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New Zealand Medical Services in Middle East and Italy

The Situation in Tunisia

The Situation in Tunisia

The enemy withdrew behind the formidable mountain chain protecting Tunis. This extended from Enfidaville in a north-westerly direction right across the peninsula to the coast west of Bizerta. The enemy was well placed, holding all the important positions which dominated every way of approach to Tunis. He had been heavily reinforced, and the world was told that ‘the fortress of Tunis’ would be held. In front of this natural stronghold Eighth Army deployed, linking up with the other armies under the command of General Alexander. The Allied forces were in four main groups: 2 US Corps, switched from the Gafsa front, was in the north; then the British First Army; then the French 19 Corps; and in the south the Eighth Army.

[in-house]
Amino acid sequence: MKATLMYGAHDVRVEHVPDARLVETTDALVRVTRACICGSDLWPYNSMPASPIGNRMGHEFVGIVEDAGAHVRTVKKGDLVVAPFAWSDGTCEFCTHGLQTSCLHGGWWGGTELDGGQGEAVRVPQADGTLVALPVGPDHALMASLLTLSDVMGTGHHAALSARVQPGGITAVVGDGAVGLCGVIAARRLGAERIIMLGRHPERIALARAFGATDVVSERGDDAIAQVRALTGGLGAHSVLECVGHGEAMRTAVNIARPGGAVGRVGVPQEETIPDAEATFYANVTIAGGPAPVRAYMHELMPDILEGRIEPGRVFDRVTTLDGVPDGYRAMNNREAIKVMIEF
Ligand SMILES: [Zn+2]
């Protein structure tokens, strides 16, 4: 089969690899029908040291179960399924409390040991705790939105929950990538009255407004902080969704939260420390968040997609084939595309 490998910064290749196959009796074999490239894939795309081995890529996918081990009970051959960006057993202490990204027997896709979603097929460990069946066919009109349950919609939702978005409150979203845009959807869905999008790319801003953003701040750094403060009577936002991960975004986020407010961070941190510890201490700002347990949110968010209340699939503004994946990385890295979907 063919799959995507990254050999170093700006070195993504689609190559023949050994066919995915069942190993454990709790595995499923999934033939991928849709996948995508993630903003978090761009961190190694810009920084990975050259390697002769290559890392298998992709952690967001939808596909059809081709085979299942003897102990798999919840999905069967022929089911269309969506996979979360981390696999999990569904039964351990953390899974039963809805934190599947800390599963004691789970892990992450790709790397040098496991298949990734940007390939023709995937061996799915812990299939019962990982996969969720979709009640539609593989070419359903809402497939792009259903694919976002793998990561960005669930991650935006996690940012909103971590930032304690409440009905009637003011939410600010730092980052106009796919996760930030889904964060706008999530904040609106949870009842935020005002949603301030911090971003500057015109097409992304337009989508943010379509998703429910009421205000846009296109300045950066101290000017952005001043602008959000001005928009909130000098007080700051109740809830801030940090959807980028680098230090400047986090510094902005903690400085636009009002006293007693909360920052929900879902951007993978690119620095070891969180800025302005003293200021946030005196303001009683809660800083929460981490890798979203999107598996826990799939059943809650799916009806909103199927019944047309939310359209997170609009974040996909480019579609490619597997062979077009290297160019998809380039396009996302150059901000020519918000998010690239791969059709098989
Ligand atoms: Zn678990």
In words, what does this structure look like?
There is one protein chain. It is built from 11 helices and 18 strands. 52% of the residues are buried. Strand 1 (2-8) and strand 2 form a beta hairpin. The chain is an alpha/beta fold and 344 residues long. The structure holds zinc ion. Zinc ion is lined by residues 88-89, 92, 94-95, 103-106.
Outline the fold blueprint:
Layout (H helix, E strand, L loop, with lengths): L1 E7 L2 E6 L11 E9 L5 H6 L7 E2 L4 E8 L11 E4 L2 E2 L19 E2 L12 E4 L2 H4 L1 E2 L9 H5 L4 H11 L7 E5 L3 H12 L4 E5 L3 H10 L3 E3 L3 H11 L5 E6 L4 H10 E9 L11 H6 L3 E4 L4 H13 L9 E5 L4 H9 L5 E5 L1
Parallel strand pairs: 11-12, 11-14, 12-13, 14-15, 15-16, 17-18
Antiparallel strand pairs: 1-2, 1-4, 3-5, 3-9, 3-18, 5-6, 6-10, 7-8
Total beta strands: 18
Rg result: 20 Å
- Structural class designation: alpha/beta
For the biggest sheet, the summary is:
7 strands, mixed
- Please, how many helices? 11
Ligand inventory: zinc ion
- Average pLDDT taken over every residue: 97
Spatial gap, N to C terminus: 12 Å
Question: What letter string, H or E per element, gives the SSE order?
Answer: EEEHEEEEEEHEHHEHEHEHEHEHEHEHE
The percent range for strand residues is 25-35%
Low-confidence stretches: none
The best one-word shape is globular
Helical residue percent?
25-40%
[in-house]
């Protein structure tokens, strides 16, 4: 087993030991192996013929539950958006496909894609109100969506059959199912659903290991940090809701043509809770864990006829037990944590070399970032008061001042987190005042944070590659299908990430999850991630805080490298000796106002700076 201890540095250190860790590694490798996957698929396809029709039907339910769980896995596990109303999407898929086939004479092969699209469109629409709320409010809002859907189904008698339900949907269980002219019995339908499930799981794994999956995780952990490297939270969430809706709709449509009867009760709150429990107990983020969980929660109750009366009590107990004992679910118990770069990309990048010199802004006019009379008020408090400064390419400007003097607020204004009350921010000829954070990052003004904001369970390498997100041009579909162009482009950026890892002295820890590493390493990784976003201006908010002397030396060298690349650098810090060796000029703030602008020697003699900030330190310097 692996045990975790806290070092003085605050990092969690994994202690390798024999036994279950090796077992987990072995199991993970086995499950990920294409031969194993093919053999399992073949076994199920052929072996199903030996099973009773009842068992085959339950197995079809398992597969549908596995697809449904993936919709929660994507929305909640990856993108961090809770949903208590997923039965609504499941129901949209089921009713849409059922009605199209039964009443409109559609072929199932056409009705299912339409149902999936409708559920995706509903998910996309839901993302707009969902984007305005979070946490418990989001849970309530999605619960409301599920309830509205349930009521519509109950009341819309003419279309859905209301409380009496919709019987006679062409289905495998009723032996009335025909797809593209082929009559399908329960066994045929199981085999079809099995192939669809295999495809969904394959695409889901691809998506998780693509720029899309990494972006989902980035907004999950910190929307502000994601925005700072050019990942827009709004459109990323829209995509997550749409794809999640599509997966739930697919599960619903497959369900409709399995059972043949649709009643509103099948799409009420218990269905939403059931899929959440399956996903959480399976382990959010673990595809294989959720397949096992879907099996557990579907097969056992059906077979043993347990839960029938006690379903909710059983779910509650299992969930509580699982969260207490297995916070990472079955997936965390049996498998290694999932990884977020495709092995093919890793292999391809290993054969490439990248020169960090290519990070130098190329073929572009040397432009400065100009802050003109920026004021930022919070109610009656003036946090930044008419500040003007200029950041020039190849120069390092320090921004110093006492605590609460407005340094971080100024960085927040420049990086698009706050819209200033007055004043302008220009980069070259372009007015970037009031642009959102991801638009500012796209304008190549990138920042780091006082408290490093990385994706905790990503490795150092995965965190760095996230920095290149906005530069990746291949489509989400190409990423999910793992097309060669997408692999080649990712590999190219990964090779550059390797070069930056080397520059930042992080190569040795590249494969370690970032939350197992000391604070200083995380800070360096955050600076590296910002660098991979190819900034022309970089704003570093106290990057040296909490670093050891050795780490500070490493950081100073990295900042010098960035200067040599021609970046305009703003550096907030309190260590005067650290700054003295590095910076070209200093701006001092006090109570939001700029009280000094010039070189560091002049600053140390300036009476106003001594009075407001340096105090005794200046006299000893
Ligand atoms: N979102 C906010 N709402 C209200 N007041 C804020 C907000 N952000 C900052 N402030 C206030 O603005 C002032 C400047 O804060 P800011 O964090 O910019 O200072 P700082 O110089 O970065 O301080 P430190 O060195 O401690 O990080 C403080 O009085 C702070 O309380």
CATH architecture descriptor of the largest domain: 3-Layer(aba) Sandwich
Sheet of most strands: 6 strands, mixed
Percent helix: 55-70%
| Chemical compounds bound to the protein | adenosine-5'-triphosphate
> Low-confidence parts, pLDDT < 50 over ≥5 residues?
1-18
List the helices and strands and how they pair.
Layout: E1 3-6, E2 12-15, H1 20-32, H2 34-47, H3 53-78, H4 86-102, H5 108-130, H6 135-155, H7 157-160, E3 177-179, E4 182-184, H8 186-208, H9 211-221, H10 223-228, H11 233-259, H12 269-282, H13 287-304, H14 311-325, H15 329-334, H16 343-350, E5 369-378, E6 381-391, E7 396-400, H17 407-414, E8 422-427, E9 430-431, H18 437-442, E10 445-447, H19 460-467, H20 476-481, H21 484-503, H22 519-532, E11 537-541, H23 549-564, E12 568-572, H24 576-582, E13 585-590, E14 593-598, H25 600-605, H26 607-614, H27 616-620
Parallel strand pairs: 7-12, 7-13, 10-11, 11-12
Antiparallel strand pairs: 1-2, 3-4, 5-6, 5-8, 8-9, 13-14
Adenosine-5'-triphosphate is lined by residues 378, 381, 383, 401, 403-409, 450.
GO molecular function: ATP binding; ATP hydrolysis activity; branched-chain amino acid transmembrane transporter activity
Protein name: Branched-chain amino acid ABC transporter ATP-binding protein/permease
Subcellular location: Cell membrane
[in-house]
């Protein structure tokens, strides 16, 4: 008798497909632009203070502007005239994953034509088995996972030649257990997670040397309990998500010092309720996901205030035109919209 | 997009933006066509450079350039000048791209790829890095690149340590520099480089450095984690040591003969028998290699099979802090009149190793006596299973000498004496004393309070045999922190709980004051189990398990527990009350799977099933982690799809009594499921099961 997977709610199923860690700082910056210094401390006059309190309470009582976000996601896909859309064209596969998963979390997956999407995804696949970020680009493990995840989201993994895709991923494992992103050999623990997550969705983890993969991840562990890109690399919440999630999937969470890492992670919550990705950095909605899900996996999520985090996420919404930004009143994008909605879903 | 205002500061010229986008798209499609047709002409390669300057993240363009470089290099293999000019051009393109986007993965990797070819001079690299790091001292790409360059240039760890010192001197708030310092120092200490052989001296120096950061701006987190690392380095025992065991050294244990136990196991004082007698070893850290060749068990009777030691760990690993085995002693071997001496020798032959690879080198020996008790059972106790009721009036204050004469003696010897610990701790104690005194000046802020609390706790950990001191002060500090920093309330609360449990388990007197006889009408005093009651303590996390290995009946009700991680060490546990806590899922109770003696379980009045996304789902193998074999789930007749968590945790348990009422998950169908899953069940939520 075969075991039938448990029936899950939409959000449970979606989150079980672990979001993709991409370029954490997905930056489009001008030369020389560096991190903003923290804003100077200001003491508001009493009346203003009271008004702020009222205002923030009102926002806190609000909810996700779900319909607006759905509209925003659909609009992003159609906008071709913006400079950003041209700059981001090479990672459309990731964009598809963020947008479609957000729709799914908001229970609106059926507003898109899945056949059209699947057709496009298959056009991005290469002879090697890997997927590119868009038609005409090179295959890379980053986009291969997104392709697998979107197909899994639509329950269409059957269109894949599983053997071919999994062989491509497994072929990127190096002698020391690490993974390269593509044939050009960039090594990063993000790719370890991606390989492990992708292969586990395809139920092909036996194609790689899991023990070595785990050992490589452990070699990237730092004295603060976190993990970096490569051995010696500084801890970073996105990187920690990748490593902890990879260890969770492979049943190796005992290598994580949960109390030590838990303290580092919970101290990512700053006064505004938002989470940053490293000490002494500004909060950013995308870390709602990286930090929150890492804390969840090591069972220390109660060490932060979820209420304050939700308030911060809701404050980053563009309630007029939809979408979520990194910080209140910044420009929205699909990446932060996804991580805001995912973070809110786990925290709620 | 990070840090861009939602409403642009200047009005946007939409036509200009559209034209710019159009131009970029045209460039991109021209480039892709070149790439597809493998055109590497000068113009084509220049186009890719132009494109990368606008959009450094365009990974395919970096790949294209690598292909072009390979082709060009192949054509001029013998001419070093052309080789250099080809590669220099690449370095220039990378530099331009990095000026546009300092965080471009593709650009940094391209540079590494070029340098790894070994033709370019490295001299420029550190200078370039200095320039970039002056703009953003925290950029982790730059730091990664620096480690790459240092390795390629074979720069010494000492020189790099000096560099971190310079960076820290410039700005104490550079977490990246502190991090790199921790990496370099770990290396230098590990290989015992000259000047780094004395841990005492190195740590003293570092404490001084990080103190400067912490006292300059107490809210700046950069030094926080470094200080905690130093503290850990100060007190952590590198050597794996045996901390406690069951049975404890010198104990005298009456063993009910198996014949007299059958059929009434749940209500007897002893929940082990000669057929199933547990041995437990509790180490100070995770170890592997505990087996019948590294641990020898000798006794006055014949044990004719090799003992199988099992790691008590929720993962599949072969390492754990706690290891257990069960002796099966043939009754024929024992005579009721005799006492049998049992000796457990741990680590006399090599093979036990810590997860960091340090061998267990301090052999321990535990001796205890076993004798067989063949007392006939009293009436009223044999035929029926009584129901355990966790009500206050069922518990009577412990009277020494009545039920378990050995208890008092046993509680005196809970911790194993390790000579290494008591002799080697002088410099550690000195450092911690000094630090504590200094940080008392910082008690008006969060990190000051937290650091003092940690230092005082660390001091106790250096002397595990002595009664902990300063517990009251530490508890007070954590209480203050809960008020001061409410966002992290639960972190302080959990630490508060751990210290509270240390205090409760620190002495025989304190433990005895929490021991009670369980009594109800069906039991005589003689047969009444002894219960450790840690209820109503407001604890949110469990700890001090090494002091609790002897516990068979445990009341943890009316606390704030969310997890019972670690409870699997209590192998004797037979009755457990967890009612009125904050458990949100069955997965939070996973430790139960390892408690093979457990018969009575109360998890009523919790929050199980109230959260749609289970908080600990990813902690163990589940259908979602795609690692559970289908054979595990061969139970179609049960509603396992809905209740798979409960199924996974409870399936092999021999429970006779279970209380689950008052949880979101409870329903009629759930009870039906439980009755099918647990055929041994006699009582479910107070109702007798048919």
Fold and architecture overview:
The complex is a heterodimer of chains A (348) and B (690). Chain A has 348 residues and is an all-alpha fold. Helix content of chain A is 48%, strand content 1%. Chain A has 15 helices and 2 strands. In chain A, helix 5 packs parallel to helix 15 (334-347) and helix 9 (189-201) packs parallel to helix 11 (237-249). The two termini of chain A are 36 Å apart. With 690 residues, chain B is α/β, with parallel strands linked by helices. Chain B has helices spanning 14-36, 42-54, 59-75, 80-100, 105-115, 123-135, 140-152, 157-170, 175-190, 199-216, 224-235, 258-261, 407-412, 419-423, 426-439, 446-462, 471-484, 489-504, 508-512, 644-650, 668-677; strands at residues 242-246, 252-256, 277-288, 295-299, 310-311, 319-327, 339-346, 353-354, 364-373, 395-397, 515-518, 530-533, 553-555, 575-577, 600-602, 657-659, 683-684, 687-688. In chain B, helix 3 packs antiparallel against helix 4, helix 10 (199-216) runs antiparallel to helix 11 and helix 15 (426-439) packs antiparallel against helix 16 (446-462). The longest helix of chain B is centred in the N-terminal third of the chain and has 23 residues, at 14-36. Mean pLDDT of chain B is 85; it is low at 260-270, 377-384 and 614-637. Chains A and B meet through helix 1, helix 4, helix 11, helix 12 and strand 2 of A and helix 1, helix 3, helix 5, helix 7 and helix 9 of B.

Opposite Eighth Army at Enfidaville were enemy positions in great depth. The forward line lay at the base of steep hills, with positions on spurs and hills rising behind it. These highlands rising out of a flat plain gave the enemy a commanding position with perfect observation over the country across which we had to attack. Surprise could be obtained only by assembling our attacking troops at night, which entailed bringing our artillery forward on to the plain on the night of the attack. Further difficulties for the attacking troops were page 437 two deep wadis, an old Roman viaduct, a minefield laid in barley fields, and giant cactus hedges, all of which had to be dealt with by our sappers and infantry before vehicles with supporting arms could be got forward.